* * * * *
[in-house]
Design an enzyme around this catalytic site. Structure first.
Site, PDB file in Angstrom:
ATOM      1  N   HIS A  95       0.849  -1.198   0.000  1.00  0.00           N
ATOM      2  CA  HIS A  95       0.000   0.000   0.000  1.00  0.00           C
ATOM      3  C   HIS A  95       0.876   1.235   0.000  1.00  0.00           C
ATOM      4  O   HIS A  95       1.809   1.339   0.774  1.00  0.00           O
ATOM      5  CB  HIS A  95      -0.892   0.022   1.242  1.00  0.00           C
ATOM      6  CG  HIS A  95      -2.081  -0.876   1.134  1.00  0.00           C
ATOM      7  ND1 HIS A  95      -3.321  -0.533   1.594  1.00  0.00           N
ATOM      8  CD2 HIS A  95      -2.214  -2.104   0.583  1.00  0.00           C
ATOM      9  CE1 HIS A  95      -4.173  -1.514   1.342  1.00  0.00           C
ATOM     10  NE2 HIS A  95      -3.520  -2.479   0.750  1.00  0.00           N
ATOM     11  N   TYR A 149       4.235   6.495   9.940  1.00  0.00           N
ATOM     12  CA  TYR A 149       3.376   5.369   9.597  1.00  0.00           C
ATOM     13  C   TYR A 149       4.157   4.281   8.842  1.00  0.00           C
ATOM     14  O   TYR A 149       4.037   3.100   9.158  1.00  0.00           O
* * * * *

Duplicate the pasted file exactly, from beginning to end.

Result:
[in-house]
Design an enzyme around this catalytic site. Structure first.
Site, PDB file in Angstrom:
ATOM      1  N   HIS A  95       0.849  -1.198   0.000  1.00  0.00           N
ATOM      2  CA  HIS A  95       0.000   0.000   0.000  1.00  0.00           C
ATOM      3  C   HIS A  95       0.876   1.235   0.000  1.00  0.00           C
ATOM      4  O   HIS A  95       1.809   1.339   0.774  1.00  0.00           O
ATOM      5  CB  HIS A  95      -0.892   0.022   1.242  1.00  0.00           C
ATOM      6  CG  HIS A  95      -2.081  -0.876   1.134  1.00  0.00           C
ATOM      7  ND1 HIS A  95      -3.321  -0.533   1.594  1.00  0.00           N
ATOM      8  CD2 HIS A  95      -2.214  -2.104   0.583  1.00  0.00           C
ATOM      9  CE1 HIS A  95      -4.173  -1.514   1.342  1.00  0.00           C
ATOM     10  NE2 HIS A  95      -3.520  -2.479   0.750  1.00  0.00           N
ATOM     11  N   TYR A 149       4.235   6.495   9.940  1.00  0.00           N
ATOM     12  CA  TYR A 149       3.376   5.369   9.597  1.00  0.00           C
ATOM     13  C   TYR A 149       4.157   4.281   8.842  1.00  0.00           C
ATOM     14  O   TYR A 149       4.037   3.100   9.158  1.00  0.00           O